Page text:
Encyclopedia of Global Archaeology

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| Editors: Claire Smith (Editor-in-Chief)

Urartu, Archaeology of

Living reference work entry
DOI: https://doi.org/10.1007/978-3-319-51726-1_2345-2


Urartu was an Iron Age kingdom that flourished between the ninth and the seventh centuries BCE in the northern regions of the Ancient Near East, stretching across portions of the modern nations of Turkey, Armenia, Iran, and a small part of northeastern Iraq (Dan 2010).

Celebrated as one of Assyria’s uttermost rivals (and for a time the most powerful state in the Ancient Near East), this political entity has been the object of numerous studies in the past 15 decades (Piotrovsky 1969; Barnett 1982; Lindsay and Smith 2006). Over this time, the Urartian material culture assemblage has proven to be very characteristic and distinguishable within the archaeological record in the Ancient Near East (Zimansky 1995a). This entry provides a general historical overview of the Kingdom of Urartu while focusing on the development of Urartian studies and Urartian archaeology as well as on Urartian material cultural assemblage.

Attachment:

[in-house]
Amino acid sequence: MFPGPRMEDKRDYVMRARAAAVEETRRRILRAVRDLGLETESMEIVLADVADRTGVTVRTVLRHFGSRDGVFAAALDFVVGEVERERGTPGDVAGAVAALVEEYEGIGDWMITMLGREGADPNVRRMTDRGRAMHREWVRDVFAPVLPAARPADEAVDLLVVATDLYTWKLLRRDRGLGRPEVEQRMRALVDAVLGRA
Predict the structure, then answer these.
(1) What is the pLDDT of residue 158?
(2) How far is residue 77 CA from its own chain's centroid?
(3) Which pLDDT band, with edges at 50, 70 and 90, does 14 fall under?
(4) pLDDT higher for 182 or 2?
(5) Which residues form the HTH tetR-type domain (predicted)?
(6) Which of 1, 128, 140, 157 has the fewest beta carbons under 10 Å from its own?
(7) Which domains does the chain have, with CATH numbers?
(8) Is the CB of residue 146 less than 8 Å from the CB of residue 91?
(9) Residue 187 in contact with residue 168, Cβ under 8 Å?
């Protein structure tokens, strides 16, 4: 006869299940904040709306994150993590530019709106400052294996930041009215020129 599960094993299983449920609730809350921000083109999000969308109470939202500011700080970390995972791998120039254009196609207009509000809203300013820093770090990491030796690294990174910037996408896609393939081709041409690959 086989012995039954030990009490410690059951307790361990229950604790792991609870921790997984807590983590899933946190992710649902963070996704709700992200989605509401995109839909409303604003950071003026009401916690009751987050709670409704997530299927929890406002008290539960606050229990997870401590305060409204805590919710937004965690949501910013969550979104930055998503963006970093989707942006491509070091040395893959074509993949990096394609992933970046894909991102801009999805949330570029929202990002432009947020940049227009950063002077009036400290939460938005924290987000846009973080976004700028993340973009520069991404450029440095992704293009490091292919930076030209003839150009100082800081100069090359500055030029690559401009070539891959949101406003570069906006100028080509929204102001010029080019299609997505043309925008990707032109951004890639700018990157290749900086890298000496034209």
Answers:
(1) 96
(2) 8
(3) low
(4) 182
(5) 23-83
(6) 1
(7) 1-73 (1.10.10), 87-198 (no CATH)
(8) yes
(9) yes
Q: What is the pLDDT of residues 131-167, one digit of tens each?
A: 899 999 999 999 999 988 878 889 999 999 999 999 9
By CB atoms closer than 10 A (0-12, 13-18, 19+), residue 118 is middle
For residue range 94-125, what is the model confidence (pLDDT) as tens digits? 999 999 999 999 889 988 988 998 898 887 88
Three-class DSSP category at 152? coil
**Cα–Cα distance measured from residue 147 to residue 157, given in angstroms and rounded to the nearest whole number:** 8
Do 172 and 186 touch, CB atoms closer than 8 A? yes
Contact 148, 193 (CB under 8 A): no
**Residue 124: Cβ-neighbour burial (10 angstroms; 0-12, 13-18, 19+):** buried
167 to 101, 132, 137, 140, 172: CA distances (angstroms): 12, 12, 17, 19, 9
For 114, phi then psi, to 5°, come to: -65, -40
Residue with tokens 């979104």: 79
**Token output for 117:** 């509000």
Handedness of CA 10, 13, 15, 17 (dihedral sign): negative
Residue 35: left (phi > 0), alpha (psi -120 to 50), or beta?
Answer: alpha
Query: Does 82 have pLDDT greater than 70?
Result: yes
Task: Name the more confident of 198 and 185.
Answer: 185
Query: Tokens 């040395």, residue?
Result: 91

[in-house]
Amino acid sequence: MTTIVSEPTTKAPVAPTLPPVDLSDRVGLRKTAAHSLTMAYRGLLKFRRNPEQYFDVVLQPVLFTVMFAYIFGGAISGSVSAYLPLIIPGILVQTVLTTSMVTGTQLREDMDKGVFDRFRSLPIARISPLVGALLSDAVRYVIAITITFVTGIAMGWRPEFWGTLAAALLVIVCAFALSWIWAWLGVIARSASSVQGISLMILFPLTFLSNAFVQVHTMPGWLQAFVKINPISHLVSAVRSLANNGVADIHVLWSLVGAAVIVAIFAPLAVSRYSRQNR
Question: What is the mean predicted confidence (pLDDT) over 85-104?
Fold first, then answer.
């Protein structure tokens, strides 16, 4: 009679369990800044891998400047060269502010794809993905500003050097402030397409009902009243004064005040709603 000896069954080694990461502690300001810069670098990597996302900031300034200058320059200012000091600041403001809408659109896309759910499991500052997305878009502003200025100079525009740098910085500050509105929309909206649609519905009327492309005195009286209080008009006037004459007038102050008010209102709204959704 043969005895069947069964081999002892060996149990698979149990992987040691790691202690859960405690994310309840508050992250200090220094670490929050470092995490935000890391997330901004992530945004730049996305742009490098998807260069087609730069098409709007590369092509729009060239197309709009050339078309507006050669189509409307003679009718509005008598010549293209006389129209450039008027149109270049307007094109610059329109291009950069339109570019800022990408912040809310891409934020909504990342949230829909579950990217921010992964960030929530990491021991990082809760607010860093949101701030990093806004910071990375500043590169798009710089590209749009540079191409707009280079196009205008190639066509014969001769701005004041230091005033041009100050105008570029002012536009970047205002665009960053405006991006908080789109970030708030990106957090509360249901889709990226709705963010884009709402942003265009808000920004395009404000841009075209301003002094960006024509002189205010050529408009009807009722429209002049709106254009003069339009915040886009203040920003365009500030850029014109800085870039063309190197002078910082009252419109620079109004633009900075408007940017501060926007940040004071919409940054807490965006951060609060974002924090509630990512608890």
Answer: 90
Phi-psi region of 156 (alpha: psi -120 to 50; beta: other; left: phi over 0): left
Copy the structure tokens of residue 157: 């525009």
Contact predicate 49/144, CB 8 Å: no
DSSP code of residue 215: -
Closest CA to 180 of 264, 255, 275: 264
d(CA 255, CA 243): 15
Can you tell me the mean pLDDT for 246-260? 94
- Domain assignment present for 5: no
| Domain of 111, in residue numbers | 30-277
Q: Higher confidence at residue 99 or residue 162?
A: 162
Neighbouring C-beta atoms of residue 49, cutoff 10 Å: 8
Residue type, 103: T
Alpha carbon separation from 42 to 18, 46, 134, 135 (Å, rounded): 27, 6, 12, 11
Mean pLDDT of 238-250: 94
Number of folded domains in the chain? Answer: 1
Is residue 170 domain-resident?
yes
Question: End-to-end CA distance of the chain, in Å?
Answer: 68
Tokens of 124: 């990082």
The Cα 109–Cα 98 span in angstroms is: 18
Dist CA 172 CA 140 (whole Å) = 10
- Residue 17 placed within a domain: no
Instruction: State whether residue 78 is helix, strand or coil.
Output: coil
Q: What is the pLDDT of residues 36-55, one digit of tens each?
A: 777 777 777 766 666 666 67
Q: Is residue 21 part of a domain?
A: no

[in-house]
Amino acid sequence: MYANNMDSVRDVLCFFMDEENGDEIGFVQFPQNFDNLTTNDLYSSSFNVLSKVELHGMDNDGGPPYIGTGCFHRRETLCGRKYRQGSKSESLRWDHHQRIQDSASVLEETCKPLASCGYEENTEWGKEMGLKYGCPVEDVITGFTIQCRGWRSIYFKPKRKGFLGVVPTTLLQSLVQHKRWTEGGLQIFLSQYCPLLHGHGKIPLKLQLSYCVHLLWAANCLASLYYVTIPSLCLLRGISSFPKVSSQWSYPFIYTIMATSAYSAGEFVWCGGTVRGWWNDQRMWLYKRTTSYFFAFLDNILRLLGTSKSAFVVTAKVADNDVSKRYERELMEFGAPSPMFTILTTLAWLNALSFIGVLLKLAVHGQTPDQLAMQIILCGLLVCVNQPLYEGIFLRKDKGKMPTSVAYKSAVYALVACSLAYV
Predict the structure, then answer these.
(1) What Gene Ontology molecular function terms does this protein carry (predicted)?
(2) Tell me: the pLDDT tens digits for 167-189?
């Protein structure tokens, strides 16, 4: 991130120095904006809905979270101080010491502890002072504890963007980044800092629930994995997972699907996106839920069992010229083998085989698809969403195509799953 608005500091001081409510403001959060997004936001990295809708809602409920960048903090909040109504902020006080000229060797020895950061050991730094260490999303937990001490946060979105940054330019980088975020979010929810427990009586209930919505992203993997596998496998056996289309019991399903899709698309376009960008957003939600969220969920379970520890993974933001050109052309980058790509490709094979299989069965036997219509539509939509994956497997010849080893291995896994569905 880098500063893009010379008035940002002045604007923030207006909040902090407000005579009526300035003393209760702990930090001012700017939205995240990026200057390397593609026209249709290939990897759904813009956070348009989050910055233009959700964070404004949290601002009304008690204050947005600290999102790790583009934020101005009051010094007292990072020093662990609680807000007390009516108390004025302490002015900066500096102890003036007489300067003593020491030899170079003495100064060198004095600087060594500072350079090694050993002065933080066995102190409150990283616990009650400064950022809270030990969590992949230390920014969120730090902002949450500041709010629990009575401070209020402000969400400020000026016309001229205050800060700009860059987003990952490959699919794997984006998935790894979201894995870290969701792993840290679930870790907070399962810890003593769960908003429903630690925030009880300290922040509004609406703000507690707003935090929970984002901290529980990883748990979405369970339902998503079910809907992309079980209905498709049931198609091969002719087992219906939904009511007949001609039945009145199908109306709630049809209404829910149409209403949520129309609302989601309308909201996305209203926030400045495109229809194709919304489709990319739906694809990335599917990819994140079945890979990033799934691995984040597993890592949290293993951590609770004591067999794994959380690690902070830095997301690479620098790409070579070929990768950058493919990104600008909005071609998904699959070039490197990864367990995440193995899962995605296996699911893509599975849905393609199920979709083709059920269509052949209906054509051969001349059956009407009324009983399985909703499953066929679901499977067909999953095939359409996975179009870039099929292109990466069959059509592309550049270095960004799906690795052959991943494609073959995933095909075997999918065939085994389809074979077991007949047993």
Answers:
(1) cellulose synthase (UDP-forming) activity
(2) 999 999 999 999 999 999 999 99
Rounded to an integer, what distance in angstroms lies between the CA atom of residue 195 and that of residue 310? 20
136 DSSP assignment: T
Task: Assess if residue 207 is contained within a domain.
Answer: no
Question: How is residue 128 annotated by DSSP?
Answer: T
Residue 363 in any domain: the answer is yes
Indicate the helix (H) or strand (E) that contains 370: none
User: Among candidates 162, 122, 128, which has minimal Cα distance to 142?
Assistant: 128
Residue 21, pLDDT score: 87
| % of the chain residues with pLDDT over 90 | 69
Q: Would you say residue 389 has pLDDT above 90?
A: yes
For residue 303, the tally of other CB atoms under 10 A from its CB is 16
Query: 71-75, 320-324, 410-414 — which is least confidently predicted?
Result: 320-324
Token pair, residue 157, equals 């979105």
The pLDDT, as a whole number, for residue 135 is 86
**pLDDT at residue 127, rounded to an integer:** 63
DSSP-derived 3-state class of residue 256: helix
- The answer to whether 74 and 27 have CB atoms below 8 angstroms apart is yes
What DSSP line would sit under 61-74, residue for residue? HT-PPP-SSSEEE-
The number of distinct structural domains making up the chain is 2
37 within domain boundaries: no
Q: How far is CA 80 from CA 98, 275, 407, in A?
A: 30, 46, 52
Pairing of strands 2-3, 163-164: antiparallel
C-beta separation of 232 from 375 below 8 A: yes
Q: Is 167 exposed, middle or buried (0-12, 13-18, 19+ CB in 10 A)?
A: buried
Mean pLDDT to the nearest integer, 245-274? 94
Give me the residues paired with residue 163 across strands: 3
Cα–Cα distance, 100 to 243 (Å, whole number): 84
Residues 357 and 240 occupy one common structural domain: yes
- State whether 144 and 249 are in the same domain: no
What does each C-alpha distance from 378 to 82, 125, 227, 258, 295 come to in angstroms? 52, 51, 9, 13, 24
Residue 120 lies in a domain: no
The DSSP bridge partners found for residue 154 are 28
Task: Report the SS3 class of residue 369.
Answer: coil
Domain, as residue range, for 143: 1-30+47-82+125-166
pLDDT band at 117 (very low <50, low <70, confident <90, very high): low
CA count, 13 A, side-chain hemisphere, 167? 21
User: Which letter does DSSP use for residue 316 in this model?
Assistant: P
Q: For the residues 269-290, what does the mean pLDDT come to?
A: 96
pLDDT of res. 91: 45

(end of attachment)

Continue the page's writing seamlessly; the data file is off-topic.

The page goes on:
Urartu, Bianili, and Nairi

The name Urartu (which is...

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Authors and Affiliations

  1. 1.Escuela Nacional de Antropología e HistoriaMexico CityMexico

Section editors and affiliations

  • Laura Culbertson
    • 1
  1. 1.American Public UniversityCincinnatiUSA